Tax Court in Brief | Patacsil v. Comm’r | Insolvency to Avoid Recognition of Cancellation-of-Indebtedness income; Net Operating Loss; Reliance on Tax Professional

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The Tax Court in Brief – January 16th – January 20th, 2023

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Tax Litigation:  The Week of January 16th, 2022, through January 20th, 2023

Patacsil v. Comm’r, T.C. Memo. 2023-8| January 17, 2023 |Holmes, J. | Dkt. No. 21902-19

Summary: Ernesto Patacsil and Marilyn Patacsil (“Taxpayers”) owned a business that ran group homes for consumers with intellectual or physical maladies in California, being an expensive yet statutorily encouraged social-service endeavor. See Disability and Aging Community Living Advisory Committee, Cal. Health & Hum. Servs. Agency. Their business was always in danger of toppling financially, and Mrs. Patacsil did not help the situation by her gambling proclivities. Taxpayers used a system of envelopes for maintaining records of expenses and receipts. Taxpayers used accountants to prepare their returns for the years in issue, being 2015, 2016, and 2017. For 2015, Taxpayers claimed near $500,000 of “other expenses.” For the 2016 and 2017 returns, Taxpayers provided their preparer near 6,000 files from the envelopes.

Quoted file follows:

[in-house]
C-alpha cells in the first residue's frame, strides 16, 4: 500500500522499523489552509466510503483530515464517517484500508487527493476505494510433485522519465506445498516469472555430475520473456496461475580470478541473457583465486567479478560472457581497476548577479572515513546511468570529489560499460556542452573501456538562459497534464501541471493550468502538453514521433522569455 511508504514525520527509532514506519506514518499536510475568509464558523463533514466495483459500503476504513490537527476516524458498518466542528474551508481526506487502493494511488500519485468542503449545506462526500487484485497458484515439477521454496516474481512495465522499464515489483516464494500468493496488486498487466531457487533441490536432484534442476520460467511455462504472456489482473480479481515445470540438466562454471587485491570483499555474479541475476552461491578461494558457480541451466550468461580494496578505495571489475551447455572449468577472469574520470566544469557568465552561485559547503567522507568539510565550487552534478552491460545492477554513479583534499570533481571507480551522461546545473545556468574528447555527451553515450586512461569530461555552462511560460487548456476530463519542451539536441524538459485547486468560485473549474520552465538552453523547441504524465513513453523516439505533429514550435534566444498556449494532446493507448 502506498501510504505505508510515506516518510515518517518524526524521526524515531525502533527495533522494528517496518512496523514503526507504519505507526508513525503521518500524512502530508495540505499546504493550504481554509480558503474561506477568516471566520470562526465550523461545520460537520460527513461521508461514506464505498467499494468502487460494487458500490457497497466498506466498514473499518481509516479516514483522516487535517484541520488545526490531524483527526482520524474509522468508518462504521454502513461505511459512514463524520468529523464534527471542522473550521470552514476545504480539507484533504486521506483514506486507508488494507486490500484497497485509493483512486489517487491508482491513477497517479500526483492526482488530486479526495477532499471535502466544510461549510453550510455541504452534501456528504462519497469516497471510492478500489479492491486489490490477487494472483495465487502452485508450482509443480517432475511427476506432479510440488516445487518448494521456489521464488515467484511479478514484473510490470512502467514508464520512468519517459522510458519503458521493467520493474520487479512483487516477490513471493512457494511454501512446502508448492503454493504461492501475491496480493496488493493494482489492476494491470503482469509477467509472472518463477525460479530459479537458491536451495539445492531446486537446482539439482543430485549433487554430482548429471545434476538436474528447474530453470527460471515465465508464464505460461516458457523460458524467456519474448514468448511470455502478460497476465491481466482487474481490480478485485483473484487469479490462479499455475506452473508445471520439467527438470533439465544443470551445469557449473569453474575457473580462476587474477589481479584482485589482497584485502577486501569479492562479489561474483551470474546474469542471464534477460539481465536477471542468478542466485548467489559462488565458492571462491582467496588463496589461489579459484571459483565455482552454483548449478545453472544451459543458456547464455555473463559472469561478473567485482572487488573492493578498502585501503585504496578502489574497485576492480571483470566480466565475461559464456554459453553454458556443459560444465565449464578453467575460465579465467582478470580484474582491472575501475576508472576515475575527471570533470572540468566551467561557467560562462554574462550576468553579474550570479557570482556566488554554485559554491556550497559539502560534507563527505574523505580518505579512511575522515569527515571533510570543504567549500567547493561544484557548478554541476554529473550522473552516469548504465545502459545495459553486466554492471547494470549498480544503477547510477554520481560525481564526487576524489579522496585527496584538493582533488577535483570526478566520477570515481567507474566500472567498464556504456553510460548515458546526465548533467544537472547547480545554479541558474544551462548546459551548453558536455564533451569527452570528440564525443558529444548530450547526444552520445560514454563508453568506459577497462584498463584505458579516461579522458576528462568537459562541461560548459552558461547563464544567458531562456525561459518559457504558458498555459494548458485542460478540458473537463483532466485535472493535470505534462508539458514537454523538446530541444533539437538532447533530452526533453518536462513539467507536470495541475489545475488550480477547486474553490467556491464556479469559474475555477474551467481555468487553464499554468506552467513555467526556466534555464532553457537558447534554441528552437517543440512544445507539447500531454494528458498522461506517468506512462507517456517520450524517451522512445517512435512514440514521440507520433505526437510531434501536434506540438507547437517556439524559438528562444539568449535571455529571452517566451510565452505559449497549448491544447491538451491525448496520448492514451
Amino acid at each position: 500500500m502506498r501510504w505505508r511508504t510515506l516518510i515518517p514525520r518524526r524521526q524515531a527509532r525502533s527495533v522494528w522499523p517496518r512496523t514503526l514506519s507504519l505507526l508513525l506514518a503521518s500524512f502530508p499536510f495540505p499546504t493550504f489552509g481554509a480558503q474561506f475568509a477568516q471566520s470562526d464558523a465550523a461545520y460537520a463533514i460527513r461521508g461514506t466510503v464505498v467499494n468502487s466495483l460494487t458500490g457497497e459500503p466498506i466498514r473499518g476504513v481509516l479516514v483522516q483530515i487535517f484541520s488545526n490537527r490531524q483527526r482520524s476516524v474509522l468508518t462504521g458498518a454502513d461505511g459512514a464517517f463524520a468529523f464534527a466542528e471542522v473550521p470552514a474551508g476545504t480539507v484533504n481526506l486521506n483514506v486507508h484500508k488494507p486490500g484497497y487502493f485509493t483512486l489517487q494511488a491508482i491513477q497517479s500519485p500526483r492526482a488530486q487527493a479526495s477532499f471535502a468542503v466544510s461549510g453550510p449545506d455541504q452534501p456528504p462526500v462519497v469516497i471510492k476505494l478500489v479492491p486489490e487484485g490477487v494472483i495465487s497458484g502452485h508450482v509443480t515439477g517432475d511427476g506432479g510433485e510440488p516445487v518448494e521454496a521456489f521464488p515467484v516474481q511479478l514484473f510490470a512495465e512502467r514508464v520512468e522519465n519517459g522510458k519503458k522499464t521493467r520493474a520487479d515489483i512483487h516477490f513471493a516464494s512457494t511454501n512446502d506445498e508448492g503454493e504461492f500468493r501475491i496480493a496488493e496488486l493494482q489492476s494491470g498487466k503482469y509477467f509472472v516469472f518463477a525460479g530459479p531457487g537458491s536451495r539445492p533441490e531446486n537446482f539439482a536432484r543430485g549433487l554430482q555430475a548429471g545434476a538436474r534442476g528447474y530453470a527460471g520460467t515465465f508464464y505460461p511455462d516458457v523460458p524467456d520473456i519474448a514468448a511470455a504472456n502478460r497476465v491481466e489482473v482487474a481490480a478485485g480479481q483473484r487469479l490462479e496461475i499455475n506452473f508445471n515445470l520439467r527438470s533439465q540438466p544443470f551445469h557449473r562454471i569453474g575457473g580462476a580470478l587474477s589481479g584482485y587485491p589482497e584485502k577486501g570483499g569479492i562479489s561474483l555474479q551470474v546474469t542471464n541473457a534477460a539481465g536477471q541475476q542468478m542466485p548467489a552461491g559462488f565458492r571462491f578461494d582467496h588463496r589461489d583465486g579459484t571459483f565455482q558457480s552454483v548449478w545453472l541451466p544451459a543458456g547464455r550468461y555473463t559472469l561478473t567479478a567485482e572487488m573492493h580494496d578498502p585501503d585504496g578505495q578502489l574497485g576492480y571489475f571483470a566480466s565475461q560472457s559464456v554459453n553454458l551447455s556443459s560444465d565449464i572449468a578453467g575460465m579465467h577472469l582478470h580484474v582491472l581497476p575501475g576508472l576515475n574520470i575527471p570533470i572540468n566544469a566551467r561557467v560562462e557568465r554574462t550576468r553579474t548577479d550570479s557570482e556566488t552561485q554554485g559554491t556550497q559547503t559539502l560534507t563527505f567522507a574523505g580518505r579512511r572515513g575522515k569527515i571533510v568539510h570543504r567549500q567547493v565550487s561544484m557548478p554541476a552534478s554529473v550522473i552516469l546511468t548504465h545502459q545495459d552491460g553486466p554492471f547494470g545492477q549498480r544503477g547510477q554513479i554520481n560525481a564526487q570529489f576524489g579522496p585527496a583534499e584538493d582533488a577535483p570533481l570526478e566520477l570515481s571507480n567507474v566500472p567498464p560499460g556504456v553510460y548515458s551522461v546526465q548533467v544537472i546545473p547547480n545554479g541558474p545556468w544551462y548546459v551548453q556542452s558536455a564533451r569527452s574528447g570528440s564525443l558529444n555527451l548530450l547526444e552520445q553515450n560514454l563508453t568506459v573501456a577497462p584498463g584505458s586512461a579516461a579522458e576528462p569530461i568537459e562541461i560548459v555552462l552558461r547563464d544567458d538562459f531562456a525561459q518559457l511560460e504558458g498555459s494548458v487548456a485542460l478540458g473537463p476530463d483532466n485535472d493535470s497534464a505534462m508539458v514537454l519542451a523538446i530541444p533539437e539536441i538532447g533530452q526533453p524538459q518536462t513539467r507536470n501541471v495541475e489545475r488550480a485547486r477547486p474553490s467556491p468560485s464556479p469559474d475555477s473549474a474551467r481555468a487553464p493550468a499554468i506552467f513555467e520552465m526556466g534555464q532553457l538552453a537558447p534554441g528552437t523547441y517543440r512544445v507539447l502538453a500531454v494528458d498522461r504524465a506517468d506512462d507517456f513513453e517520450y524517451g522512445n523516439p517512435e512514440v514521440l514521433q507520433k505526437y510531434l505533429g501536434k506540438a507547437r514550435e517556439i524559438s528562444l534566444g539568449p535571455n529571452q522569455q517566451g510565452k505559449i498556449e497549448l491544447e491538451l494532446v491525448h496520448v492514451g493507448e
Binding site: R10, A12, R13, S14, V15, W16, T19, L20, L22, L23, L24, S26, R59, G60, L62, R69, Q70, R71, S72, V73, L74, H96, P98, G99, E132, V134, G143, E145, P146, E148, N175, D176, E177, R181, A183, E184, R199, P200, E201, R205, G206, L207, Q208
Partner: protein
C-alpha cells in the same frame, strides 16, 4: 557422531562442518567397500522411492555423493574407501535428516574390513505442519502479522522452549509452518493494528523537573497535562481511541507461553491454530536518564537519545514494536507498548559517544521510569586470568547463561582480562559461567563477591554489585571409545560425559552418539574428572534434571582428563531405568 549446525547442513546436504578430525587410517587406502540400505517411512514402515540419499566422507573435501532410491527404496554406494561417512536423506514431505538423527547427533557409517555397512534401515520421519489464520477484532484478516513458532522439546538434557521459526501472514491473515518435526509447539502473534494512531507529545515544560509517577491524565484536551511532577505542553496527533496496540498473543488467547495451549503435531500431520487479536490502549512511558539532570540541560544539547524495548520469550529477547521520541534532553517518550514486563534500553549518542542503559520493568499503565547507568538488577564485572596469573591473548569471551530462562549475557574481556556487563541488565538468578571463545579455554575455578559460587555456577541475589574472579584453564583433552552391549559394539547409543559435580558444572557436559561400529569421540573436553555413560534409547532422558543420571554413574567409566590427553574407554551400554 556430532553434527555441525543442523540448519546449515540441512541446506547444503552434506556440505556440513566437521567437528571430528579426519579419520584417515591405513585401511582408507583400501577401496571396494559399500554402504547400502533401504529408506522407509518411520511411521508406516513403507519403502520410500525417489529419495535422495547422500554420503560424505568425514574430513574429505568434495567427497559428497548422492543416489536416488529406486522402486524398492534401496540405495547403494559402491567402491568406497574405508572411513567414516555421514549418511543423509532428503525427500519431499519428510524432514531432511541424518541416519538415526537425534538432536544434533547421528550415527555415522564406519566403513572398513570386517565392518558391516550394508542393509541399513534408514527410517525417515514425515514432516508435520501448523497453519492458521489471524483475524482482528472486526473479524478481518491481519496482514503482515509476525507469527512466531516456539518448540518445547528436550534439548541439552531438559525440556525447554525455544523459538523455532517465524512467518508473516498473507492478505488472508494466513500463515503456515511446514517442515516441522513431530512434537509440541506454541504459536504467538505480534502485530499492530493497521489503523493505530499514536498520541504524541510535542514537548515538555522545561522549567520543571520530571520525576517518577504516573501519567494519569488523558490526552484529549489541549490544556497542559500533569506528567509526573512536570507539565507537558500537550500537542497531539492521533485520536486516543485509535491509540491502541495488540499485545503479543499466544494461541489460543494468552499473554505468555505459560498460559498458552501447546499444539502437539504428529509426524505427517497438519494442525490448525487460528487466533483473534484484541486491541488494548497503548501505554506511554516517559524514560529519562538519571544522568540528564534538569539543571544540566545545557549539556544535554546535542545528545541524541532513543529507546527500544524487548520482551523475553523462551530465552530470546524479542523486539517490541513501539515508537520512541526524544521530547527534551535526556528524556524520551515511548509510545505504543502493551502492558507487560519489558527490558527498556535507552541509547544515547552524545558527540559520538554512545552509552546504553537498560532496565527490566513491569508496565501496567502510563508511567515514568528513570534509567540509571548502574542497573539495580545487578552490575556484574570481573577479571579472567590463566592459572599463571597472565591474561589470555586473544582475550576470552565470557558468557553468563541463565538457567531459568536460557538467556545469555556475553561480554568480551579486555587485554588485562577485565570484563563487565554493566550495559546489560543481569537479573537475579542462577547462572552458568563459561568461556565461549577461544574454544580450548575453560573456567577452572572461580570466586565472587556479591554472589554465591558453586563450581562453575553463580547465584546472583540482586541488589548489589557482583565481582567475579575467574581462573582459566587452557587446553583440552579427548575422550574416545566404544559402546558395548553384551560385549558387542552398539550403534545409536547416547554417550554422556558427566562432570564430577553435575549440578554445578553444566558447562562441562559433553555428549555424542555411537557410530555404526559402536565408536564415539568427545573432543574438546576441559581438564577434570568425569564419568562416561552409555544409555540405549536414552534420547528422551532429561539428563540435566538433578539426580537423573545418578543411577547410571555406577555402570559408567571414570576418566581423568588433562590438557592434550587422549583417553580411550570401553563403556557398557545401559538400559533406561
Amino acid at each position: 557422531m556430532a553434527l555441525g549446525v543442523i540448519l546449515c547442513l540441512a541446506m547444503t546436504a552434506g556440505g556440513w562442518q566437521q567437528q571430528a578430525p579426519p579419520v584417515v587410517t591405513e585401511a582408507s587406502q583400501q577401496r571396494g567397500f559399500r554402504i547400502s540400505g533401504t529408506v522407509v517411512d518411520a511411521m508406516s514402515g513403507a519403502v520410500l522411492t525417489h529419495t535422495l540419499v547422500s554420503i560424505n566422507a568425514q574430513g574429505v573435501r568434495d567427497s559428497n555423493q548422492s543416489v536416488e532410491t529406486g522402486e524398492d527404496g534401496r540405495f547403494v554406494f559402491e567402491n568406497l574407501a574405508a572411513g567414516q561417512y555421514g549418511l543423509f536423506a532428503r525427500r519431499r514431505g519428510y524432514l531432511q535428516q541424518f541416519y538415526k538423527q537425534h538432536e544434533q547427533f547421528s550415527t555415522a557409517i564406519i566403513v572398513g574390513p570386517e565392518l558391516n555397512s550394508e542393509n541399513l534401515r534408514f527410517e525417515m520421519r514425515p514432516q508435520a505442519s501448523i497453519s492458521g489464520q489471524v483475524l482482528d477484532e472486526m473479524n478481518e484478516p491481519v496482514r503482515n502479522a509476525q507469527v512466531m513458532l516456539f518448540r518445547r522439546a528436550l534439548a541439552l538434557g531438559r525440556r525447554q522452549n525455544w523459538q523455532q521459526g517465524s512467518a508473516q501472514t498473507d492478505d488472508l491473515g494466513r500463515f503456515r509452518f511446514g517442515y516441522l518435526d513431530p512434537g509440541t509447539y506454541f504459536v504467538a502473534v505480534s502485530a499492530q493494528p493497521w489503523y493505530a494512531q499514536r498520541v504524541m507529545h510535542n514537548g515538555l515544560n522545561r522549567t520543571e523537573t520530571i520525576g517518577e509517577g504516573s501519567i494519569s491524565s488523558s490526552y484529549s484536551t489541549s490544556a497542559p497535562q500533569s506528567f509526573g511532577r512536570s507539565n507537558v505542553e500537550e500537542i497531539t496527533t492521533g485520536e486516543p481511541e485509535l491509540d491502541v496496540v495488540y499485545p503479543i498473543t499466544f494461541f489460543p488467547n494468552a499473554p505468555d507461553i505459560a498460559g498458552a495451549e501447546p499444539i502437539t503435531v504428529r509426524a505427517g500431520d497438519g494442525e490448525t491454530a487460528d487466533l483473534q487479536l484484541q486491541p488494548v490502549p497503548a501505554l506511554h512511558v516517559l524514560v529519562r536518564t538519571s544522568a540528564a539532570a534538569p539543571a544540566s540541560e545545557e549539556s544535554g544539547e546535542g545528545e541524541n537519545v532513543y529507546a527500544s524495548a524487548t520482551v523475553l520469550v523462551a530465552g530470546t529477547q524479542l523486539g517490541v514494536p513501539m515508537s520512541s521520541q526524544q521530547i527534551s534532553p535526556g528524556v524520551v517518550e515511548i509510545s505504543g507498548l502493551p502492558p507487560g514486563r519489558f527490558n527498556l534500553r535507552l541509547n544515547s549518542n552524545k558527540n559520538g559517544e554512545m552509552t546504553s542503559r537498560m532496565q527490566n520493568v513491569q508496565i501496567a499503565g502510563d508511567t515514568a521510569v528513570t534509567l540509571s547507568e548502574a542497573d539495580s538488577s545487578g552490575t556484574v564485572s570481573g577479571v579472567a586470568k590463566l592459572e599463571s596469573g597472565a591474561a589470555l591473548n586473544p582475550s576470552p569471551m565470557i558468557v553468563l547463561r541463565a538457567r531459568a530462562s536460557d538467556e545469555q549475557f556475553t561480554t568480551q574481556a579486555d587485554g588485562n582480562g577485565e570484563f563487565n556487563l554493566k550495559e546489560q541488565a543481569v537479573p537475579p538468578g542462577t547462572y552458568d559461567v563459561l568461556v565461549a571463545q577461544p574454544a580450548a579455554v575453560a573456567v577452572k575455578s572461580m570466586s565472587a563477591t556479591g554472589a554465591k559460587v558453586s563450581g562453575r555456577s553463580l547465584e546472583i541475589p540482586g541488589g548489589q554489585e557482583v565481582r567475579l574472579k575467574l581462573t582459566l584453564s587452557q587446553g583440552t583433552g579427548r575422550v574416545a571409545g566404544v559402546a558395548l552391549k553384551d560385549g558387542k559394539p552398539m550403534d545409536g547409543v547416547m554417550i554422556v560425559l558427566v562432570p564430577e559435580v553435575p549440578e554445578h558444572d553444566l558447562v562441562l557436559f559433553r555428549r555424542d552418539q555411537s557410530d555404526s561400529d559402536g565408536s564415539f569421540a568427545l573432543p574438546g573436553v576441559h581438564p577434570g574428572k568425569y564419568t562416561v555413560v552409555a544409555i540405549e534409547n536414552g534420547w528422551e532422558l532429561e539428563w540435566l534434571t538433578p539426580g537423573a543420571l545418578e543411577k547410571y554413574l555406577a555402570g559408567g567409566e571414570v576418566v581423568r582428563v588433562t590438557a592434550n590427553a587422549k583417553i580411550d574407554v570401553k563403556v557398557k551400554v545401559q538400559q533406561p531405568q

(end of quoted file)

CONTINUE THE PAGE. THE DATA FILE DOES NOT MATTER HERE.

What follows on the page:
The preparer completed Forms 4797, Sales of Business Property, for both 2016 and 2017 relating to the sale of group homes known as Knickerbocker and Hildreth. They bought Hildreth in 2005 for $622,263; claimed a basis built up to $921,450; a gross sale price of $416,000; and a canceled loan of $391,080. They also claimed to have no allowable depreciation even though the property was used in their business. These numbers led them to claim a loss of $505,450. For Knickerbocker, they reported that in 2017 they sold the property for nothing but that they did receive $365,000 of loan forgiveness upon the sale. Taxpayers reported having a total accumulated basis of $125,587 in the property from which they had taken $101,361 of depreciation deductions. This left them with a basis of $24,226 in the property at the time of the sale. Ignoring the cancellation of debt, Taxpayers reported the $24,226 claimed basis as a loss on their return. Testimony at trial in the Tax Court indicated this reporting was in error.